Friday, April 13, 2012

WhiteAnt 3D Printer

When I originally formed my plan to build a 3d printer, I had purchased the recently published book "Printing in Plastic: Build Your Own 3D Printer" by Patrick Hood-Daniel. The book details how to build a 3d printer called the WhiteAnt. It's construction consists of mostly wood and parts commonly used in CNC machines.

I decided not to start with this build, partly for the reason that most of the information about the printer was to be found only in the book, little help was to be found elsewhere. Even now, (6 months after I have acquired the book) I haven’t been able to find much information online. Because of the abundance of websites devoted to the reprap project and the amount of experience available in active forums, I decided that building the Prusa Mendel 3d printer would be the easiest and fastest way to learn.

Now that I have built a reprap printer and have a strong understanding how a  basic 3d printer system works, I’m ready to experiment with building a larger machine, and I think, going with my initial plan of building the WhiteAnt is a good way to accomplish this.

Here's a list of where I’ve sourced out all the  parts for the WhiteAnt:

Almost all the hardware was ordered from
The barrel nuts, Simpson Strong-Ties and threaded rods are from Home Depot
The v-groove bearings are from VXB Ball Bearings
The other bearings, precision threaded rod, collars, couplings, etc. are from
The NEMA 23 stepper motors were purchased used from an eBay seller
The “small red washers” I had a hard time finding, but eventually found them at McMaster-Carr
The timing belts are unspecified, but I decided to use T2.5 belts and pulleys. I purchased them directly from the factory in Tianjin, China through

I don’t plan to use the specified Makerbot Gen 4 electronics and ReplicatorG software… I’m going to use  RAMPS 1.2 electronics  with Pronterface software.
I also don’t plan to use their build version of an extruder and Makerbot hot end. I’ll use one of the  systems I already have which is designed for the reprap machine.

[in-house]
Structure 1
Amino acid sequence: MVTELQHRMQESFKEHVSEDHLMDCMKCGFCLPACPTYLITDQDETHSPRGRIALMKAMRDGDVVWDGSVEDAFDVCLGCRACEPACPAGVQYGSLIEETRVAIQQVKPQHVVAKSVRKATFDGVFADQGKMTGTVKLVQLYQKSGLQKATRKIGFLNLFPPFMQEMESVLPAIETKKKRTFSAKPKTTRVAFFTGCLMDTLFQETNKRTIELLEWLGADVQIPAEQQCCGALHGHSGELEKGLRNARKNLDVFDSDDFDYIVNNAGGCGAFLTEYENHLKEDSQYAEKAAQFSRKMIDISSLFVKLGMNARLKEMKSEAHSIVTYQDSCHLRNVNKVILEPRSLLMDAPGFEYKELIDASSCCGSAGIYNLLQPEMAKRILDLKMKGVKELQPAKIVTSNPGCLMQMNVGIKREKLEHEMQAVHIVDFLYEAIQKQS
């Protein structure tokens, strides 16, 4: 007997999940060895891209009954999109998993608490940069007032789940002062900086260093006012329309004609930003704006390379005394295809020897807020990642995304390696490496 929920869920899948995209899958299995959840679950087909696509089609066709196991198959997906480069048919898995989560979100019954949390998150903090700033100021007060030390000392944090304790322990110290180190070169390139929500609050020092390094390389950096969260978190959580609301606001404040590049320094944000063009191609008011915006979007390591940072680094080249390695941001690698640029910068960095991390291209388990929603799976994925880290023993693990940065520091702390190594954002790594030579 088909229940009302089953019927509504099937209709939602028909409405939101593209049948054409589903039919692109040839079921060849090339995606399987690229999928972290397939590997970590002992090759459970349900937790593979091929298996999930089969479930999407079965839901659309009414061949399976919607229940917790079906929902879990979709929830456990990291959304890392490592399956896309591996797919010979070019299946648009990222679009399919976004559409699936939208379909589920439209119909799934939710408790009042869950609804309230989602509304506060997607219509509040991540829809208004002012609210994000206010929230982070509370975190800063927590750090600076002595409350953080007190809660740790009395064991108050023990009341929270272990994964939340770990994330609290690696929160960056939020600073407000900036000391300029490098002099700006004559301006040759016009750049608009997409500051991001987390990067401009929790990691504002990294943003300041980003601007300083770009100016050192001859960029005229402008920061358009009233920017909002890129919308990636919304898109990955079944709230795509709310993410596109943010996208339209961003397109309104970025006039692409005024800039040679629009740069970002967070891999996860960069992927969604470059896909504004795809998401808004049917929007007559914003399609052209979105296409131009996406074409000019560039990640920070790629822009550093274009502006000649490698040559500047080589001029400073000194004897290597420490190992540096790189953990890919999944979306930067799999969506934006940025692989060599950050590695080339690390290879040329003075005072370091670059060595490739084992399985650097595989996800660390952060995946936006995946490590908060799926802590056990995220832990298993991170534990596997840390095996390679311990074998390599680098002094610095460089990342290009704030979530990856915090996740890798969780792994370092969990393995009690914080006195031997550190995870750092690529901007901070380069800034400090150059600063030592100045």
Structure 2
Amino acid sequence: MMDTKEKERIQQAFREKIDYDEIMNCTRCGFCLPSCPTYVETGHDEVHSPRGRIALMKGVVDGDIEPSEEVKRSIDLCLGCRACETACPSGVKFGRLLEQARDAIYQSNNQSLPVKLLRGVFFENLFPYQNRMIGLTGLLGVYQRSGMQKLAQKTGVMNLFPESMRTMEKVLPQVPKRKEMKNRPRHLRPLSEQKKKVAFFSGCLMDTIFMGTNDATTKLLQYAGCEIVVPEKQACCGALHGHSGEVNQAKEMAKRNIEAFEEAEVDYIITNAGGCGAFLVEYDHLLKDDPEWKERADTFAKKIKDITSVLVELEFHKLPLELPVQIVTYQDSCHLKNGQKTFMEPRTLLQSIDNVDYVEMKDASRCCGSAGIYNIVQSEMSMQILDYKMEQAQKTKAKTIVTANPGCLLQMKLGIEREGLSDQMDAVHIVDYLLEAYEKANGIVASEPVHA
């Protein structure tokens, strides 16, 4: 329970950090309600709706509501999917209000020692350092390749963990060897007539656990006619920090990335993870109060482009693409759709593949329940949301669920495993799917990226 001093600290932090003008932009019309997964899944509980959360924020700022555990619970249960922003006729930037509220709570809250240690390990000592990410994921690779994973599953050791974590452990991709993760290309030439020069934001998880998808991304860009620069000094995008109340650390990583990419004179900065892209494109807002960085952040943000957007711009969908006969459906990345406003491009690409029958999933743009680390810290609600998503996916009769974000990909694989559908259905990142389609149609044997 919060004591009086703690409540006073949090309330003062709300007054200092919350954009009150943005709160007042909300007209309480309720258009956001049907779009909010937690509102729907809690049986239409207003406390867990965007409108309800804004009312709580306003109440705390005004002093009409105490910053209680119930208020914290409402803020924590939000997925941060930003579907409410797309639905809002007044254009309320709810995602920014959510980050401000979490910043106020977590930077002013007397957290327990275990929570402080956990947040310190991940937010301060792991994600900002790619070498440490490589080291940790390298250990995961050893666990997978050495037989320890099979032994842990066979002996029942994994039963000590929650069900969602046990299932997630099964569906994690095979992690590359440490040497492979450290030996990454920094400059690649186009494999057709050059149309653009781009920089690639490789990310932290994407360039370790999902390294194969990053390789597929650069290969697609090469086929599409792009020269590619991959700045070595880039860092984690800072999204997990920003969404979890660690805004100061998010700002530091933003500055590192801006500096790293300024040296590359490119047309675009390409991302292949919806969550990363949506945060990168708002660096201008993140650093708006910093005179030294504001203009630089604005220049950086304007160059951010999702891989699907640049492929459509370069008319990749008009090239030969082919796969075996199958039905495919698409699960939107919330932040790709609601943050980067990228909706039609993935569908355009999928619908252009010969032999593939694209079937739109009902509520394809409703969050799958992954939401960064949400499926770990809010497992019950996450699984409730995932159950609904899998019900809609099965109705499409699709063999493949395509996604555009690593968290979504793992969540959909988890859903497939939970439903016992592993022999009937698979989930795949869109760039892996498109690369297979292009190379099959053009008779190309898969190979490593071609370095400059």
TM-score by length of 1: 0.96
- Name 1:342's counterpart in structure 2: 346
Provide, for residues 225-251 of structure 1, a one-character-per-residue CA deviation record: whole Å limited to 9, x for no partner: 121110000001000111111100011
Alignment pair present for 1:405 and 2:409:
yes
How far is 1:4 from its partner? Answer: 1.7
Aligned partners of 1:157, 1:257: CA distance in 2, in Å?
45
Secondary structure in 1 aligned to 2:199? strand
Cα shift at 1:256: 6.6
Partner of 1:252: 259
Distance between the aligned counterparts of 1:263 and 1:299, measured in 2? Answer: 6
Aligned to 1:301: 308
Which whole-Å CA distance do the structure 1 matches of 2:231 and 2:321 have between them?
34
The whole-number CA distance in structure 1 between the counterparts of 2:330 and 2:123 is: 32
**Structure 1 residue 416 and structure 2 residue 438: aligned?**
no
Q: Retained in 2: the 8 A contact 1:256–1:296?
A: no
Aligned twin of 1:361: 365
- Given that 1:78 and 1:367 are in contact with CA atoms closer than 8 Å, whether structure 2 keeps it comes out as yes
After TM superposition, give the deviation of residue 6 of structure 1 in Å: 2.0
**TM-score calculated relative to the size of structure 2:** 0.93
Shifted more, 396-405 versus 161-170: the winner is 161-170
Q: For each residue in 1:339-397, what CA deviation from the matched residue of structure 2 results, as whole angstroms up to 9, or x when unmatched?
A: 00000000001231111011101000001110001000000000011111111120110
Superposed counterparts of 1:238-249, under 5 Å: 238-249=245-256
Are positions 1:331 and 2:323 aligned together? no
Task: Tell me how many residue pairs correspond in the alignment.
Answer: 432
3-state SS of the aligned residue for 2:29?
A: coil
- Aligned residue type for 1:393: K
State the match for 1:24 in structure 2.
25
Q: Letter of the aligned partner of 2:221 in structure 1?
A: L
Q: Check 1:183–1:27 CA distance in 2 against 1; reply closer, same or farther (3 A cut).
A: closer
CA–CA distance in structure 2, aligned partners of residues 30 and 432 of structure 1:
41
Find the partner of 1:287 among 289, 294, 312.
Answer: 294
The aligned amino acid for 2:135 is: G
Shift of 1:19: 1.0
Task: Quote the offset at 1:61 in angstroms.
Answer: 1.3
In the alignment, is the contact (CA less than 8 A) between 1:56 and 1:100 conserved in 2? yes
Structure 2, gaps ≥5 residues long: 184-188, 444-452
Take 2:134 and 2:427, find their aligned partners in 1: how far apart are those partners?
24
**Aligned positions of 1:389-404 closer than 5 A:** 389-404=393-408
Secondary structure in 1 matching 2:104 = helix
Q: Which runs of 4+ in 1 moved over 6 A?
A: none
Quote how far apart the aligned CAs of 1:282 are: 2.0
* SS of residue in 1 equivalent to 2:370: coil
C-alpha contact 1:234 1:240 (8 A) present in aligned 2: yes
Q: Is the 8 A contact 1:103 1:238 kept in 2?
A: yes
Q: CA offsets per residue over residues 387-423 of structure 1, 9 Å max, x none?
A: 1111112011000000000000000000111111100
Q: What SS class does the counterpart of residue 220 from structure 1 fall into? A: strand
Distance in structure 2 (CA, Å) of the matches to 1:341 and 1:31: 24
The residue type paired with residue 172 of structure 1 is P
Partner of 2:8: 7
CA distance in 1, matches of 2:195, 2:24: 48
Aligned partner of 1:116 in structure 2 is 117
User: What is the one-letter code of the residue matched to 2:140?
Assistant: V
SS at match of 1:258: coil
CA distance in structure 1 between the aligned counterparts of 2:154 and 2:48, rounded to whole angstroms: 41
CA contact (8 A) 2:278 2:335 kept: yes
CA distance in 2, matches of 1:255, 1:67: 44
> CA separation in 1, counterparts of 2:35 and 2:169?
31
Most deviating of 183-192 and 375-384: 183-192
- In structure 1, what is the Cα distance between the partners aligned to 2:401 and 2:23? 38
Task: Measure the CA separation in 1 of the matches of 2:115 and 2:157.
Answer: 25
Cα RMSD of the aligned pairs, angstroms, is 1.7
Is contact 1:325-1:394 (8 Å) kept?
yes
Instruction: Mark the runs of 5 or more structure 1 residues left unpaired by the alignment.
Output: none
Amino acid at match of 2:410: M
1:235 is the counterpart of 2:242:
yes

Once I have the specified structure built and operating, I plan to expand the X-axis at least twice as long… if not more. This will give me a long build envelope which I’m characterizing as a landscape printer. 

I think the WhiteAnt’s basic wood design with the added power of the NEMA 23 stepper motors will provide an adequate testing machine for a larger build envelope and also for later experimentation using a dual extrusion system. I didn't document my Prusa Mendel build since there seems to be plenty of this information online, but I will with this printer. 

Friday, April 6, 2012

DAVID Laserscanner

Even though I don't plan to use 3d scanning as a primary source for my content,
I'm still intrigued by the technology of a DIY system. Of the 3d scanning systems
available, I’ve chosen to use a product developed in Germany called DAVID LaserScanner. My main reason is cost and it has a strong support system through
it’s website forum.
The DAVID system is offered as software only or as a kit consisting of software,
a basic red line laser, web camera, and calibration panels. I plan to assemble
my own hardware and use their software. A later blog entry will cover in detail
my setup (consisting of upgraded components) as soon as they arrive from various

DAVID LaserScanner setup

Scanning Egyptian cat sculpture.

In the interim, I’ve constructed a basic rig which holds a HD web camera and a
red line laser attached directly on a NEMA 17 stepper motor controlled by an
Arduino  Duemilanove. Attaching the laser like this is not going to give good
results, but it's better for experimenting than moving the laser by hand. The
software is the free edition of DAVID LaserScanner, which means the scans are
saved at a lower resolution and DAVID ShapeFusion (the program which stitches
the scans together) is saved prohibited.

Depth View of Scan 800x600 @ 15fps

Fully enclosed object suitable for printing.

Sunday, April 1, 2012

Google SketchUp

Now that I have a 3d printer running, I’m ready to explore different means of
creating content for printing. The first program that I’ve decided to use is
Google's free edition of SketchUp. I have no experience with CAD or 3d graphics
programs, yet I found SketchUp to be an easy program to absorb quickly after watching a series of videos from
With a little trial and error, I was able to make some pieces that I need for a camera/laser rig for 3d scanning.

Laser cradle.

Tower brace.

Stepper motor mount.

Completed system with printed parts and devices.

The free program does not export to .obj or .stl files but with a free plugin
I was able to save my designs as a .stl and view them for problems with another
free program called Meshlab. I really don't foresee using SketchUp very often, but for fabricating parts for future projects, I am amazed when I think of the possibilities.